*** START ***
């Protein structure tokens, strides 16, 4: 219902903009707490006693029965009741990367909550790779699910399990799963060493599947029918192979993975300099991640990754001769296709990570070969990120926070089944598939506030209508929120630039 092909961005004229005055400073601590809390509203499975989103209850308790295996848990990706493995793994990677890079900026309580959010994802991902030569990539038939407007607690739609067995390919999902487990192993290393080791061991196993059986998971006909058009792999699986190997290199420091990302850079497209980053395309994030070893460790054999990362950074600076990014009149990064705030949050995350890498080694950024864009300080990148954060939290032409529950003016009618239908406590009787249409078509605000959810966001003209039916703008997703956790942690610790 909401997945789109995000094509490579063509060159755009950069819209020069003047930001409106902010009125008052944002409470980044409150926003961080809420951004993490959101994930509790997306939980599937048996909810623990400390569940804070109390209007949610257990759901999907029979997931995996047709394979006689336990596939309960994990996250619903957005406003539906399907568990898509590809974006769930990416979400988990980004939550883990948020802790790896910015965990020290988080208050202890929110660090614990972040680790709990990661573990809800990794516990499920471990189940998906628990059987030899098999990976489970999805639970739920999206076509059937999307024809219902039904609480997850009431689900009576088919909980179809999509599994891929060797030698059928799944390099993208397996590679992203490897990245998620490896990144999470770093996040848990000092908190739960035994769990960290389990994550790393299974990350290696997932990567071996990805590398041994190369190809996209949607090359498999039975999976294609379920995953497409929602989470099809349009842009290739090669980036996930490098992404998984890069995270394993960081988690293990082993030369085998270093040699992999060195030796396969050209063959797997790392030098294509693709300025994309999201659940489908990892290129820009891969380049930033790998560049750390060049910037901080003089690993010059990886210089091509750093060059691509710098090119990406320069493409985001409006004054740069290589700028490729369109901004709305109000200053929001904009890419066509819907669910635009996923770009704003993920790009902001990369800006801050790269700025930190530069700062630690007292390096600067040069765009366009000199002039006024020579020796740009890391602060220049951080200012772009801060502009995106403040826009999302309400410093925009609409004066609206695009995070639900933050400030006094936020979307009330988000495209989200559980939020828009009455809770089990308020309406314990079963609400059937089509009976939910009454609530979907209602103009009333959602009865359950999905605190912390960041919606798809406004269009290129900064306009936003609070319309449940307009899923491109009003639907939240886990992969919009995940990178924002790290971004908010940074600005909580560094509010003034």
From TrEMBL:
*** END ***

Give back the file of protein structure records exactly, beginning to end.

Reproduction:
């Protein structure tokens, strides 16, 4: 219902903009707490006693029965009741990367909550790779699910399990799963060493599947029918192979993975300099991640990754001769296709990570070969990120926070089944598939506030209508929120630039 092909961005004229005055400073601590809390509203499975989103209850308790295996848990990706493995793994990677890079900026309580959010994802991902030569990539038939407007607690739609067995390919999902487990192993290393080791061991196993059986998971006909058009792999699986190997290199420091990302850079497209980053395309994030070893460790054999990362950074600076990014009149990064705030949050995350890498080694950024864009300080990148954060939290032409529950003016009618239908406590009787249409078509605000959810966001003209039916703008997703956790942690610790 909401997945789109995000094509490579063509060159755009950069819209020069003047930001409106902010009125008052944002409470980044409150926003961080809420951004993490959101994930509790997306939980599937048996909810623990400390569940804070109390209007949610257990759901999907029979997931995996047709394979006689336990596939309960994990996250619903957005406003539906399907568990898509590809974006769930990416979400988990980004939550883990948020802790790896910015965990020290988080208050202890929110660090614990972040680790709990990661573990809800990794516990499920471990189940998906628990059987030899098999990976489970999805639970739920999206076509059937999307024809219902039904609480997850009431689900009576088919909980179809999509599994891929060797030698059928799944390099993208397996590679992203490897990245998620490896990144999470770093996040848990000092908190739960035994769990960290389990994550790393299974990350290696997932990567071996990805590398041994190369190809996209949607090359498999039975999976294609379920995953497409929602989470099809349009842009290739090669980036996930490098992404998984890069995270394993960081988690293990082993030369085998270093040699992999060195030796396969050209063959797997790392030098294509693709300025994309999201659940489908990892290129820009891969380049930033790998560049750390060049910037901080003089690993010059990886210089091509750093060059691509710098090119990406320069493409985001409006004054740069290589700028490729369109901004709305109000200053929001904009890419066509819907669910635009996923770009704003993920790009902001990369800006801050790269700025930190530069700062630690007292390096600067040069765009366009000199002039006024020579020796740009890391602060220049951080200012772009801060502009995106403040826009999302309400410093925009609409004066609206695009995070639900933050400030006094936020979307009330988000495209989200559980939020828009009455809770089990308020309406314990079963609400059937089509009976939910009454609530979907209602103009009333959602009865359950999905605190912390960041919606798809406004269009290129900064306009936003609070319309449940307009899923491109009003639907939240886990992969919009995940990178924002790290971004908010940074600005909580560094509010003034």
From TrEMBL: